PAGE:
Also in this case, many differences among the enriched categories in Col-0 and in Col-4 were detected. Following the Panther analysis, which highlighted the enriched GO Biological Process classes in Col-0 and Col-4 in drought response, Venn diagrams were used to represent the common and distinct enriched categories in the two ecotypes (Figures 6D, E), revealing substantial differences in response to water deprivation in the two ecotypes. A complete list of the GO Biological Process classes found to be enriched in drought response in Col-0 and Col-4 can be found in Supplementary Table 3. Interestingly, abscisic acid biosynthetic process, several metabolic processes including parts of nucleotide and amino acid metabolism, ROS-related processes, translation and ribosome biogenesis, RNA processing and photoprotection processes had different enrichment patterns between the two ecotypes.

Given the different response to drought of the two ecotypes, we considered to perform comparative analysis of the global proteome taking into account the drought response of the cmcu-1 and cmcu-2 lines, compared to their corresponding WT ecotypes. Thus, we focused on the comparisons between cmcu-2 and Col-0 drought samples, and between cmcu-1 and Col-4 drought samples. Also in this case, dehydration markers were upregulated to a similar extent across cmcu-1 and cmcu-2, showing that similarly to WT, cmcu lines were also subjected to drought stress (Supplementary Table 4). For this analysis, as illustrated as an example for the dehydrin COR47 (Figure 7A), on one hand we assessed the set of proteins that were significantly up- or down-regulated between drought samples of WT and cmcu plants (numbered as comparison 1), in order to highlight the proteins that are differentially expressed in drought when cMCU is lacking. On the other hand, we compared the set of proteins that were up- or down-regulated as a consequence of drought stress in WT (comparison 2) and in cmcu plants (comparison 3), in order to identify proteins that are specifically modulated in cmcu lines but not in the WT lines (cmcu-specifically altered proteins).


Figure 7 Proteomic analysis regarding the comparison of cmcu samples (n=3 for each line/condition) to their corresponding WT in drought response (A) Diagram illustrating the comparisons across samples that were taken into account for the analyses (see text for details). (B) Venn diagrams illustrating the overlap and differences in DEPs found in cmcu-1 and cmcu-2 in drought vs. watered comparison. Bubble plots showing representative enriched GO classes among up- (C) and down-regulated proteins (D) in cmcu-1, and among down-regulated proteins in cmcu-2 (E). Enriched GO classes in Biological Process ontology were obtained by Panther analysis, and their corresponding fold enrichment, protein number and FDR values are reported in the bubble plots. Please note that only few proteins belonging to the same GO categories that are regulated in an opposite way in the two cmcu lines coincide (see Supplementary Tables 8, 10).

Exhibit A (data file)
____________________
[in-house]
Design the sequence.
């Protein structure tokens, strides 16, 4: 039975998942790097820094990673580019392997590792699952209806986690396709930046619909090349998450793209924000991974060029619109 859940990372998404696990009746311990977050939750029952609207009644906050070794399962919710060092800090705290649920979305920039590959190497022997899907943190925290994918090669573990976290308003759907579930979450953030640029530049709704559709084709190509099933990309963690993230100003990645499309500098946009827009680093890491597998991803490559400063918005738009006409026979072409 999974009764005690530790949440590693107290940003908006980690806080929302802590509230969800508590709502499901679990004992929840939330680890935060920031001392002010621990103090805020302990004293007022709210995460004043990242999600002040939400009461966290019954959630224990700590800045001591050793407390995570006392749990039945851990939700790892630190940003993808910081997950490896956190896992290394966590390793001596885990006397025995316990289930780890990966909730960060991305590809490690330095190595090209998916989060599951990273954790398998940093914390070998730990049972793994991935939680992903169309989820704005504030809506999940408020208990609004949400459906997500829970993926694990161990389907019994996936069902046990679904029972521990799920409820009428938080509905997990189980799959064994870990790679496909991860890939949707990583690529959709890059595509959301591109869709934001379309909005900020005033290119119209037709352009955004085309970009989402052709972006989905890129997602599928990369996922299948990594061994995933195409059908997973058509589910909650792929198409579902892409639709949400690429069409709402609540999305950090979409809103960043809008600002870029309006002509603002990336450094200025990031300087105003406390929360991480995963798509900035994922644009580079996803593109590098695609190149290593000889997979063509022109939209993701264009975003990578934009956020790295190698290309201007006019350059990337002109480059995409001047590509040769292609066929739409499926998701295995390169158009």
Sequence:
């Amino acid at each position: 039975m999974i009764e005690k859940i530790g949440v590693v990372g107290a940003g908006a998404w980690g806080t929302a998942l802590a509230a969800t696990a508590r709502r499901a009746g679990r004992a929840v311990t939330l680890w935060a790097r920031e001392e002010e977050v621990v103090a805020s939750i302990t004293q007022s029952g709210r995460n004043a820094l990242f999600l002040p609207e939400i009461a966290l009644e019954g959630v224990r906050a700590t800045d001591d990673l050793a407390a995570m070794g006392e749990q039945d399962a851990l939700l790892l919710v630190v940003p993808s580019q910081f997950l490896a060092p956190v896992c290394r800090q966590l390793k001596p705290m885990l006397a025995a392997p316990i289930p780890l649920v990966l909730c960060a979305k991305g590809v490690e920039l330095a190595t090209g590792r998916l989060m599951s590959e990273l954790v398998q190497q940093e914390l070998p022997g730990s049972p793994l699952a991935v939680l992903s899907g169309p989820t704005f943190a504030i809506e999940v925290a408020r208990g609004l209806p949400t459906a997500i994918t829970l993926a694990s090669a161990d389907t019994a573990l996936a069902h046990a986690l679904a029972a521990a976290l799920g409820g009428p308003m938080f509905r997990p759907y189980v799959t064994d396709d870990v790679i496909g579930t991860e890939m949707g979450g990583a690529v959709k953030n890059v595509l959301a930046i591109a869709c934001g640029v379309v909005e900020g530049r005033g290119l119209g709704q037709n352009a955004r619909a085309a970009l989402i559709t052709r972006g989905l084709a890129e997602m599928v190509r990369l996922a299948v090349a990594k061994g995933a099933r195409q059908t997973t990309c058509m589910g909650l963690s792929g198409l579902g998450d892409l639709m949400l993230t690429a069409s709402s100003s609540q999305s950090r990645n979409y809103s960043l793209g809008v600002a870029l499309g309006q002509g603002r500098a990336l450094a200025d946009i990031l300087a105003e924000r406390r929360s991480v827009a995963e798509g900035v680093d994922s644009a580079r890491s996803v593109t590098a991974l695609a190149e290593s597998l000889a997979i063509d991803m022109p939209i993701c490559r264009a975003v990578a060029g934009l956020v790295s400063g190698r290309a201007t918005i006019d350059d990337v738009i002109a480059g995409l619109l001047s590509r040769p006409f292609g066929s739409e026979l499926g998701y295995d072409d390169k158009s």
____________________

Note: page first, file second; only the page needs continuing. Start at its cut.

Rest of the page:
Regarding the first type of analysis (comparison 1), in which differential expressed proteins were identified by comparing each mutant with the respective WT in drought conditions, we found 1455 significantly up- or downregulated proteins (logFC ≥0.58 or ≤-0.58) in cmcu-1 (Supplementary Table 5), while 98 DEPs were detected in cmcu-2 (Supplementary Table 6). The DEPs in cmcu-1 were compared to those found in cmcu-2 (Figure 7B). Among the consistently downregulated chloroplastic proteins upon drought stress, ferritin-1, a key iron storage protein, was present in both cmcu lines. We also noticed that among the proteins related to Ca2+ handling, the plastidial Ca2+ sensing receptor CAS (Li et al., 2022) was consistently less downregulated in both cmcu-1 and cmcu-2 lines upon drought stress compared to their respective WT lines (1.1 and 1.67 fold changes for cmcu-2 vs Col-0 and cmcu-1 vs Col-4 in drought conditions, respectively). Up- and downregulated proteins in cmcu-1 and cmcu-2 were analyzed to find enriched GO classes in the Biological Process Ontology. Full enrichment results obtained using Panther are shown in Supplementary Table 7: many enriched GO classes were found in cmcu-1 DEPs, while no enrichment was detected by Panther among cmcu-2 up-regulated proteins, likely because of the reduced number of DEPs we could detect. Representative GO classes were selected among the enriched ones in the Biological Process ontology, and enrichment results for up- and down-regulated proteins in cmcu-1 and for down-regulated proteins in cmcu-2 in drought were represented in bubble plots, shown respectively in Figures 7C–E. Moreover, proteins included in the most interesting GO classes for cmcu-1, according to Panther, are shown in Supplementary Table 8 (up-regulated in cmcu-1) and Supplementary Table 9 (down-regulated in cmcu-1), while those included in the most interesting GO classes for cmcu-2 downregulated proteins are shown in Supplementary Table 10.